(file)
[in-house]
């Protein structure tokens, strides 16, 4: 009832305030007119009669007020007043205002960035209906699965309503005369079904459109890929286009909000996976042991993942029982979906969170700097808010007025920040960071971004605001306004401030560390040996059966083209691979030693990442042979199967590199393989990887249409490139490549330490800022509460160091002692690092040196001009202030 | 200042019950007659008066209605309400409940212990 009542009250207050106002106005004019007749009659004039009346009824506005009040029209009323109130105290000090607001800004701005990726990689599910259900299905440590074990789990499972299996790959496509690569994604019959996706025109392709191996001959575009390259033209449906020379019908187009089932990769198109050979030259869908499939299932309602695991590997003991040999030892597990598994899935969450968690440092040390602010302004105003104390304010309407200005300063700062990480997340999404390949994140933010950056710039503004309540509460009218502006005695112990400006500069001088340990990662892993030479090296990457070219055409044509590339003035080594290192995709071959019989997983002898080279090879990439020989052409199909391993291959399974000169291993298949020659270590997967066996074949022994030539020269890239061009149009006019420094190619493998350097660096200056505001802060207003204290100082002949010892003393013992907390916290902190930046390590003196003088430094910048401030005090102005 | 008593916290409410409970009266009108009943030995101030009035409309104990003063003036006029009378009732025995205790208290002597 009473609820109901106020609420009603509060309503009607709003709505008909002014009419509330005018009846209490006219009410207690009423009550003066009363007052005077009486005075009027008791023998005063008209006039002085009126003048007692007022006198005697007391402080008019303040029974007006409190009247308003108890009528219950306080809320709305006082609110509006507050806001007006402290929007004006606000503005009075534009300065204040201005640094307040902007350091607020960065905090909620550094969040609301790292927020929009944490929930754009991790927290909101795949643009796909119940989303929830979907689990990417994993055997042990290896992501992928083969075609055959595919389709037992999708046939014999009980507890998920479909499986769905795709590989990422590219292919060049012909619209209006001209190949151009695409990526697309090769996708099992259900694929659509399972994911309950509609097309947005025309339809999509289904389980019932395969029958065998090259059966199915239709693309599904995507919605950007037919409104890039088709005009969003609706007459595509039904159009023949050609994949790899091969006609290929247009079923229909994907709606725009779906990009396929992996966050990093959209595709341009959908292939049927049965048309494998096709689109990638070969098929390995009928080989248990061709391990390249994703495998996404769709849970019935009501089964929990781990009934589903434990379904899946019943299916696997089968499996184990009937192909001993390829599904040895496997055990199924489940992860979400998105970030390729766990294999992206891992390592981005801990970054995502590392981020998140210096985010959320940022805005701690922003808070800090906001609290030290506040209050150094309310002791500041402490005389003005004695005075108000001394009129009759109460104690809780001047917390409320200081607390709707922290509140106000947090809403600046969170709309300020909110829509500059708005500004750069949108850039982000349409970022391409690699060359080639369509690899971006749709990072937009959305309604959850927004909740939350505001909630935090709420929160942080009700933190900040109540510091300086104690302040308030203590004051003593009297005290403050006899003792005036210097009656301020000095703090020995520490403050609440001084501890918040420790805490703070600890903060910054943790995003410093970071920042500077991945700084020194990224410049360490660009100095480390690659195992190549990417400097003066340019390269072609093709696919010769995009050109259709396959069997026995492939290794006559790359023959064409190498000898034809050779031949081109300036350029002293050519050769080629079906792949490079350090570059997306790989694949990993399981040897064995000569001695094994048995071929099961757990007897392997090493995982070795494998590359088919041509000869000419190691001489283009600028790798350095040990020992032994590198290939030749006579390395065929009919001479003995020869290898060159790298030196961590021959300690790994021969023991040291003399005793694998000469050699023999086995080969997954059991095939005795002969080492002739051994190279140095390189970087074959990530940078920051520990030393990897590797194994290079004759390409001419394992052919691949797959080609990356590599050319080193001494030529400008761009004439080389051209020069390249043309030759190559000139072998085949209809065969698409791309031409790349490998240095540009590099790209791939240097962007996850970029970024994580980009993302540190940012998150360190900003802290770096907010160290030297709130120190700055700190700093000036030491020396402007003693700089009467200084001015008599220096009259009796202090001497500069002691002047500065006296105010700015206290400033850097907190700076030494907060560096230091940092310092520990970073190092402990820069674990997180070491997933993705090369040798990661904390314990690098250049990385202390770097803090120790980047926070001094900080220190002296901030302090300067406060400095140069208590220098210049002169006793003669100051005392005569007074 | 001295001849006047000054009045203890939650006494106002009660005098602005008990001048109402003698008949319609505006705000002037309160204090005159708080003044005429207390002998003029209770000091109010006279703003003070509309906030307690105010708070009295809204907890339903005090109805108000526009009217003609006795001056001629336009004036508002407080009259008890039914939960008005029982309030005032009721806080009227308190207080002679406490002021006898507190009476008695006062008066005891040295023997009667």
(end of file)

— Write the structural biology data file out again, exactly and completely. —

[in-house]
């Protein structure tokens, strides 16, 4: 009832305030007119009669007020007043205002960035209906699965309503005369079904459109890929286009909000996976042991993942029982979906969170700097808010007025920040960071971004605001306004401030560390040996059966083209691979030693990442042979199967590199393989990887249409490139490549330490800022509460160091002692690092040196001009202030 | 200042019950007659008066209605309400409940212990 009542009250207050106002106005004019007749009659004039009346009824506005009040029209009323109130105290000090607001800004701005990726990689599910259900299905440590074990789990499972299996790959496509690569994604019959996706025109392709191996001959575009390259033209449906020379019908187009089932990769198109050979030259869908499939299932309602695991590997003991040999030892597990598994899935969450968690440092040390602010302004105003104390304010309407200005300063700062990480997340999404390949994140933010950056710039503004309540509460009218502006005695112990400006500069001088340990990662892993030479090296990457070219055409044509590339003035080594290192995709071959019989997983002898080279090879990439020989052409199909391993291959399974000169291993298949020659270590997967066996074949022994030539020269890239061009149009006019420094190619493998350097660096200056505001802060207003204290100082002949010892003393013992907390916290902190930046390590003196003088430094910048401030005090102005 | 008593916290409410409970009266009108009943030995101030009035409309104990003063003036006029009378009732025995205790208290002597 009473609820109901106020609420009603509060309503009607709003709505008909002014009419509330005018009846209490006219009410207690009423009550003066009363007052005077009486005075009027008791023998005063008209006039002085009126003048007692007022006198005697007391402080008019303040029974007006409190009247308003108890009528219950306080809320709305006082609110509006507050806001007006402290929007004006606000503005009075534009300065204040201005640094307040902007350091607020960065905090909620550094969040609301790292927020929009944490929930754009991790927290909101795949643009796909119940989303929830979907689990990417994993055997042990290896992501992928083969075609055959595919389709037992999708046939014999009980507890998920479909499986769905795709590989990422590219292919060049012909619209209006001209190949151009695409990526697309090769996708099992259900694929659509399972994911309950509609097309947005025309339809999509289904389980019932395969029958065998090259059966199915239709693309599904995507919605950007037919409104890039088709005009969003609706007459595509039904159009023949050609994949790899091969006609290929247009079923229909994907709606725009779906990009396929992996966050990093959209595709341009959908292939049927049965048309494998096709689109990638070969098929390995009928080989248990061709391990390249994703495998996404769709849970019935009501089964929990781990009934589903434990379904899946019943299916696997089968499996184990009937192909001993390829599904040895496997055990199924489940992860979400998105970030390729766990294999992206891992390592981005801990970054995502590392981020998140210096985010959320940022805005701690922003808070800090906001609290030290506040209050150094309310002791500041402490005389003005004695005075108000001394009129009759109460104690809780001047917390409320200081607390709707922290509140106000947090809403600046969170709309300020909110829509500059708005500004750069949108850039982000349409970022391409690699060359080639369509690899971006749709990072937009959305309604959850927004909740939350505001909630935090709420929160942080009700933190900040109540510091300086104690302040308030203590004051003593009297005290403050006899003792005036210097009656301020000095703090020995520490403050609440001084501890918040420790805490703070600890903060910054943790995003410093970071920042500077991945700084020194990224410049360490660009100095480390690659195992190549990417400097003066340019390269072609093709696919010769995009050109259709396959069997026995492939290794006559790359023959064409190498000898034809050779031949081109300036350029002293050519050769080629079906792949490079350090570059997306790989694949990993399981040897064995000569001695094994048995071929099961757990007897392997090493995982070795494998590359088919041509000869000419190691001489283009600028790798350095040990020992032994590198290939030749006579390395065929009919001479003995020869290898060159790298030196961590021959300690790994021969023991040291003399005793694998000469050699023999086995080969997954059991095939005795002969080492002739051994190279140095390189970087074959990530940078920051520990030393990897590797194994290079004759390409001419394992052919691949797959080609990356590599050319080193001494030529400008761009004439080389051209020069390249043309030759190559000139072998085949209809065969698409791309031409790349490998240095540009590099790209791939240097962007996850970029970024994580980009993302540190940012998150360190900003802290770096907010160290030297709130120190700055700190700093000036030491020396402007003693700089009467200084001015008599220096009259009796202090001497500069002691002047500065006296105010700015206290400033850097907190700076030494907060560096230091940092310092520990970073190092402990820069674990997180070491997933993705090369040798990661904390314990690098250049990385202390770097803090120790980047926070001094900080220190002296901030302090300067406060400095140069208590220098210049002169006793003669100051005392005569007074 | 001295001849006047000054009045203890939650006494106002009660005098602005008990001048109402003698008949319609505006705000002037309160204090005159708080003044005429207390002998003029209770000091109010006279703003003070509309906030307690105010708070009295809204907890339903005090109805108000526009009217003609006795001056001629336009004036508002407080009259008890039914939960008005029982309030005032009721806080009227308190207080002679406490002021006898507190009476008695006062008066005891040295023997009667």